Canadian Association for Free Expression

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The Canadian Association for Free Expression (CAFE) is a Canadian political group led by Paul Fromm, a white supremacist. Established in 1981, CAFE is committed to the promotion and defense of total freedom of speech, and publishes the Free Speech Monitor ten times a year. Although it began in Ontario, it has also been incorporated in Alberta.

Opponents have accused CAFE of racism, arguing that it does not merely support the free speech rights of far right groups, but also promotes their views.[citation needed]

CAFE has criticized what it considers injustices against white people in Canada, and has argued that Canadian laws do not robustly defend the free speech of whites, and are too weighted in favour of minorities.[1] CAFE has campaigned (along with the defunct white nationalist groups Canadian Heritage Alliance and Northern Alliance) for the release of Brad Love, whom it claimed was jailed for expressing his nativist sentiments. CAFE has also campaigned for the release of Holocaust deniers Ernst Zündel[2][3] and David Irving, and against human rights lawyer Richard Warman and the Canadian Human Rights Commission.

On November 23, 2007, Ontario Superior Court Justice Monique Métivier ruled that Fromm and CAFE had libelled Warman, and ordered them to pay $30,000 in damages and to post full retractions within ten days on all the websites on which the defamatory comments were posted.[4] The Ontario Court of Appeal upheld the judgment in December 2008 with damages being raised to $40,000, as Fromm was ordered to pay an additional $10,000 towards Warman's legal costs.[5] Warman said the appeal court's ruling "sends the message that those who try to use the cloak of free speech to poison other people's reputations through lies and defamation do so at their own peril."[5]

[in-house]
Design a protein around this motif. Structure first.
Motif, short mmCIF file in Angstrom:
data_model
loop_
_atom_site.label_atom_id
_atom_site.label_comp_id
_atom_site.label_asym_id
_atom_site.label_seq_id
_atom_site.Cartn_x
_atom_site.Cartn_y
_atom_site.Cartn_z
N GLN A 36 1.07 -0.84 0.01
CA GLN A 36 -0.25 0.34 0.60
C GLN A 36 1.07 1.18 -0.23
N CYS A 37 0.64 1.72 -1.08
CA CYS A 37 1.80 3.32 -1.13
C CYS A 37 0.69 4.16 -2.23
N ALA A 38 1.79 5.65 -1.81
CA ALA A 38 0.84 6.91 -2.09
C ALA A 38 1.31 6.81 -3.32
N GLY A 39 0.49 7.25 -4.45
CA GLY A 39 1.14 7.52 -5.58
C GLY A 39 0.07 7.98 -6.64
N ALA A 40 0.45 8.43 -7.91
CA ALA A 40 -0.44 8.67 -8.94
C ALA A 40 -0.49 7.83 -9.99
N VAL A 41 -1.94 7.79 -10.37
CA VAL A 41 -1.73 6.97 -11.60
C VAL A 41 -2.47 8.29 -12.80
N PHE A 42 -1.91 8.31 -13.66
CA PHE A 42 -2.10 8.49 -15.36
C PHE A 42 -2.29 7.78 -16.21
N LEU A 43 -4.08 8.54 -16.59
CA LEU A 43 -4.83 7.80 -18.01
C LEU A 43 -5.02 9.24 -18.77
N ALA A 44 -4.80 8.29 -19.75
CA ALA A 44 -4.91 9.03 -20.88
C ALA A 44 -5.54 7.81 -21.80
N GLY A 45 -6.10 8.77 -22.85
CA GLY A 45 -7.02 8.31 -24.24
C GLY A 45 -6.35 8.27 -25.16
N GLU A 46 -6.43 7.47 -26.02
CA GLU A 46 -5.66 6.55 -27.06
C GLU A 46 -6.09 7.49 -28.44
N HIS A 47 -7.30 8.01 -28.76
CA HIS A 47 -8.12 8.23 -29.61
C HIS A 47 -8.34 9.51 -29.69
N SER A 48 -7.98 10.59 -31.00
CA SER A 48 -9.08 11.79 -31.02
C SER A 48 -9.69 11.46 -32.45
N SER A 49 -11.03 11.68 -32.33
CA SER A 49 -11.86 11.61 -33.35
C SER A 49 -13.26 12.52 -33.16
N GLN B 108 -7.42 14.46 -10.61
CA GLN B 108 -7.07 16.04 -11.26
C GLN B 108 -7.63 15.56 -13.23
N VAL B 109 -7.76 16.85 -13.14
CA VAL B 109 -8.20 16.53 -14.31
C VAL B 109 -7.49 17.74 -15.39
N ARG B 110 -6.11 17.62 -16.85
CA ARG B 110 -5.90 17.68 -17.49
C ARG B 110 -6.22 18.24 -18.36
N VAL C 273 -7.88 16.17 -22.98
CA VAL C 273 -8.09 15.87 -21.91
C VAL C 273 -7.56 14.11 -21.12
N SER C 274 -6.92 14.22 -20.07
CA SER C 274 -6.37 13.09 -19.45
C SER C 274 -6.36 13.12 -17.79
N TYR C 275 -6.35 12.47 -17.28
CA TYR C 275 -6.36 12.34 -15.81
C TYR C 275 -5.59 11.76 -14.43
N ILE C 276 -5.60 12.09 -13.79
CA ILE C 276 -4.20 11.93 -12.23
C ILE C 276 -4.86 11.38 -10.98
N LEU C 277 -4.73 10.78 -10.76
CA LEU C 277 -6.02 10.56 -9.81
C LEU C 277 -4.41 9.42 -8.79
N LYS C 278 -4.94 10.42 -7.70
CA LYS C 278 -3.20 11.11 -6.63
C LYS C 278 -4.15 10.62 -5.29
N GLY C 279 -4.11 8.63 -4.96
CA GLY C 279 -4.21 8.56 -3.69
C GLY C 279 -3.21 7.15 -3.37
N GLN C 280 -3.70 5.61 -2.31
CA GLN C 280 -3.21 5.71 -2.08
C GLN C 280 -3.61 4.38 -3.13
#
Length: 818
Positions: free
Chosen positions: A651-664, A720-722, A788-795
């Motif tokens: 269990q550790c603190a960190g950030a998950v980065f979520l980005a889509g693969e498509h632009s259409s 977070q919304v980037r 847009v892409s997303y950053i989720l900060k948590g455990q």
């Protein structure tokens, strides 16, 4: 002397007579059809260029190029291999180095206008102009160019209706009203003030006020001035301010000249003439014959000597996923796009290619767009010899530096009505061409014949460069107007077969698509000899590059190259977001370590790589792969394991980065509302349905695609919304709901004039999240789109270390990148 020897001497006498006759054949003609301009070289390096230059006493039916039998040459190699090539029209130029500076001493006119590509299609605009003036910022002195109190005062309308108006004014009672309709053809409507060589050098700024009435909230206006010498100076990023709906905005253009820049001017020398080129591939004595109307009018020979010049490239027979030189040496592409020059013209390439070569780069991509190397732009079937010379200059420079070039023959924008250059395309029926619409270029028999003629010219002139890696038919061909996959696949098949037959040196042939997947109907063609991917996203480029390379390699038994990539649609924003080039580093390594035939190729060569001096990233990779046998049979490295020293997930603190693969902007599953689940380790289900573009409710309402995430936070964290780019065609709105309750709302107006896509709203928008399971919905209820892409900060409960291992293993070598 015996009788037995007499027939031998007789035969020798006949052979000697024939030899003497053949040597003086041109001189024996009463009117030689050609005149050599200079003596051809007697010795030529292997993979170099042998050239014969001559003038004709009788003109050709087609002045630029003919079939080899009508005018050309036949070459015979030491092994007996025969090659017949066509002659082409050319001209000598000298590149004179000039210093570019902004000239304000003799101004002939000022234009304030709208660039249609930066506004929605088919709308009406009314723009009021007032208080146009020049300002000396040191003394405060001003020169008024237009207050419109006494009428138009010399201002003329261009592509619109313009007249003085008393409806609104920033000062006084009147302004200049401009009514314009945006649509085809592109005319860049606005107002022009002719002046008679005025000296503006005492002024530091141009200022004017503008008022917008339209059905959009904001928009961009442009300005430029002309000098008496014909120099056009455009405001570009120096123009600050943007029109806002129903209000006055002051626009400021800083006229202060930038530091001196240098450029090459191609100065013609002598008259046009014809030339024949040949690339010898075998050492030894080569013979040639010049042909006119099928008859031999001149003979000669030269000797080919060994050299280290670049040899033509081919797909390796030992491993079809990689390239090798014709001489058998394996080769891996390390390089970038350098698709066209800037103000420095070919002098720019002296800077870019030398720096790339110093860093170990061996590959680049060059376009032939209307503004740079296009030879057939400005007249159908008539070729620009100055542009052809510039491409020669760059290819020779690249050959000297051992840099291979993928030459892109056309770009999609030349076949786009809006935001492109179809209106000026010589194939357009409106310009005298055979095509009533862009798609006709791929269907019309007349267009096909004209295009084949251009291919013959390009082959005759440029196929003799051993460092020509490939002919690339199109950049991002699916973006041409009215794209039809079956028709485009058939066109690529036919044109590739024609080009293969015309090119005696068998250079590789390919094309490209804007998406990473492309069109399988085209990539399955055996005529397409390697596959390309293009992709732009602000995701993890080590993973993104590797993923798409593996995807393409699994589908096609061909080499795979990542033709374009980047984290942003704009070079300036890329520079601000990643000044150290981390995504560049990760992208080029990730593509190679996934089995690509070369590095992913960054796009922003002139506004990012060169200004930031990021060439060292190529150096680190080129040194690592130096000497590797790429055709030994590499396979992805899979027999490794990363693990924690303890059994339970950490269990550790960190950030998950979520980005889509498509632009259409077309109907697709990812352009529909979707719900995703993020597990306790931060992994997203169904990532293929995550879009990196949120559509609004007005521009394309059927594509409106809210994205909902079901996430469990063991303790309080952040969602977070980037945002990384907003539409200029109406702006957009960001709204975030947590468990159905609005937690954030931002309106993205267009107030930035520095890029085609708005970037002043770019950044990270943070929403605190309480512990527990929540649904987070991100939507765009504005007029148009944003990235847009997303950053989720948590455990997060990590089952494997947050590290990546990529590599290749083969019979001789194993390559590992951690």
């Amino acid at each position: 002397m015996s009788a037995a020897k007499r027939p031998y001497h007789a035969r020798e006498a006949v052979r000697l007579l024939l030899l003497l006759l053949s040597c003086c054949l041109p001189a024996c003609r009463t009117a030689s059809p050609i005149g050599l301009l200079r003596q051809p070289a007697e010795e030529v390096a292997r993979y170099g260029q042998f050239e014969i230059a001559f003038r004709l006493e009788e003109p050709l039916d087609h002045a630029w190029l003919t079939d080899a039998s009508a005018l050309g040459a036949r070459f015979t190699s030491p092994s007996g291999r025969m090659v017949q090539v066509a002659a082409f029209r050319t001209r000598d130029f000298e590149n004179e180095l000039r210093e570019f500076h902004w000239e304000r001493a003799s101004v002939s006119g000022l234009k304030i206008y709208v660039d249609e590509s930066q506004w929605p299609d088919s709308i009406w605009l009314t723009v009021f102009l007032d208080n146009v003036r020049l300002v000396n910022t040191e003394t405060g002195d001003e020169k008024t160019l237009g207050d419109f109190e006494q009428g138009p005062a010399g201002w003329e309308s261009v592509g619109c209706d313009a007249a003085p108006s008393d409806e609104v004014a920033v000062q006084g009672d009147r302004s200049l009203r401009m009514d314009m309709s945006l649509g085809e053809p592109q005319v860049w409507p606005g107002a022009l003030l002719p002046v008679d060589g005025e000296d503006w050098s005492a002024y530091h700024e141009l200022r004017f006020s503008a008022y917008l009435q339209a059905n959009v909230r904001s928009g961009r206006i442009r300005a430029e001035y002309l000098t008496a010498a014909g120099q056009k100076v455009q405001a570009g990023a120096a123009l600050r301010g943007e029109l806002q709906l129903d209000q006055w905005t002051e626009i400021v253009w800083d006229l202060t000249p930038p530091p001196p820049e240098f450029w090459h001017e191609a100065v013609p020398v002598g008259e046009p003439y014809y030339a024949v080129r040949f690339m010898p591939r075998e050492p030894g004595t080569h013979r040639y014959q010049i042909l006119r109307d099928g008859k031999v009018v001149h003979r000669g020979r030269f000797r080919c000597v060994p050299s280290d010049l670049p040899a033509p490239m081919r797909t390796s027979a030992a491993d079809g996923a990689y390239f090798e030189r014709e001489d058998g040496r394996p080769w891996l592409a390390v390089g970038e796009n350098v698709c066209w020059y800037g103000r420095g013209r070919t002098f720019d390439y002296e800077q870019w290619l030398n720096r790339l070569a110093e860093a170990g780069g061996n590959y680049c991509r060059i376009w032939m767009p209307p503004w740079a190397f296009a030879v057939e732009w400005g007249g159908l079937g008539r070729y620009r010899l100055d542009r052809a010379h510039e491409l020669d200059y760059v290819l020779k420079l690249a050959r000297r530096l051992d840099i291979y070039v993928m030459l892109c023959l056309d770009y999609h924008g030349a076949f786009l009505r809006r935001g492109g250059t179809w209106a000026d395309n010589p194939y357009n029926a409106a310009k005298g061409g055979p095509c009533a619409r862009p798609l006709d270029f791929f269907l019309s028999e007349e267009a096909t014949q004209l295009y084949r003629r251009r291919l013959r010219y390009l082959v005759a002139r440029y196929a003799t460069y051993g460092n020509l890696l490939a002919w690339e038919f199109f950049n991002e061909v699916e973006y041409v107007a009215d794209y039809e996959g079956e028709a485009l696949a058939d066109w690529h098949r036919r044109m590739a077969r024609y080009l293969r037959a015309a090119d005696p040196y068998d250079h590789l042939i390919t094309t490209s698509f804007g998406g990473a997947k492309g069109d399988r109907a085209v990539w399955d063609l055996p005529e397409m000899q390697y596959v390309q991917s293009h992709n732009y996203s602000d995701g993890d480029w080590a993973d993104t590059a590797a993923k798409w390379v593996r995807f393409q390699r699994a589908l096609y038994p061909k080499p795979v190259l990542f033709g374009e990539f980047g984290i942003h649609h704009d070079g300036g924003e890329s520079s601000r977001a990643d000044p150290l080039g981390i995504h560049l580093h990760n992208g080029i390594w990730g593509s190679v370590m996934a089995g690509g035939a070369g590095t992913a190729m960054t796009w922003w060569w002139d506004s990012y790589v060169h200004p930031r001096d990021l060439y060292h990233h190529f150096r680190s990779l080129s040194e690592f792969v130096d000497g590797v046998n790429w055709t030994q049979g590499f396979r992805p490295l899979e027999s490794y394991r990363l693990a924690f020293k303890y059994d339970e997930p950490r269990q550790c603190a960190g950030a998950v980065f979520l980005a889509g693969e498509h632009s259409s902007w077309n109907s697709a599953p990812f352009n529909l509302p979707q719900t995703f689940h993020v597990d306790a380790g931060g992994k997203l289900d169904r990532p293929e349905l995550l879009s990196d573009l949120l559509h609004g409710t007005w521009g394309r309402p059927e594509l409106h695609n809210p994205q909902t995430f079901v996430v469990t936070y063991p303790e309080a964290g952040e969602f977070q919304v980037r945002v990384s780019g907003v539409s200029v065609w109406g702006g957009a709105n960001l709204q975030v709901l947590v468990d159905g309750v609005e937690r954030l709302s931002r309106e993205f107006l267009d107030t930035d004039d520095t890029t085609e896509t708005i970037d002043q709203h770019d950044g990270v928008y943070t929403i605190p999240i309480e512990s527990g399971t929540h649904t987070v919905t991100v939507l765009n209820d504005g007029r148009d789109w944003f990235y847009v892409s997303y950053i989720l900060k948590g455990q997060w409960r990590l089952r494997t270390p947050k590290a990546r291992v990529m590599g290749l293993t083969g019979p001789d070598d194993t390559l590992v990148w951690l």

CAFE was an intervenor in Oger v Whatcott, a hearing before the British Columbia Human Rights Tribunal regarding harassment of Ms. Oger by Mr. Whatcott, who Ms. Oger alleged ran a very public campaign of harassment against her on the basis of her gender identity. CAFE supported Mr. Whatcott's right to make those statements, and adopted many of Mr. Whatcott's statements in its submissions to the Tribunal. On March 27, 2019, the Tribunal ruled that CAFE's behaviour as an intervenor was "improper", and that its submissions were "inflammatory, derogatory, disrespectful and inappropriate".[6]

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References[edit]

  1. ^ "Archived copy". Archived from the original on 2005-12-01. Retrieved 2005-12-01.CS1 maint: archived copy as title (link)
  2. ^ "Ernst Zundel", Anti-Defamation League (accessed July 26, 2008)
  3. ^ "Ernst Zundel sentenced to 5 years for Holocaust denial", cbcnews.ca, February 15, 2007 (accessed July 26, 2008)
  4. ^ Butler, Don, "Anti-racism activist wins libel judgment Archived 2007-11-29 at the Wayback Machine", Ottawa Citizen, November 24, 2007
  5. ^ a b Makin, Kirk, "[1]", Globe and Mail, December 16, 2008
  6. ^ "Oger v Whatcott, 2019 BCHRT 58" (PDF). Retrieved 27 March 2019.

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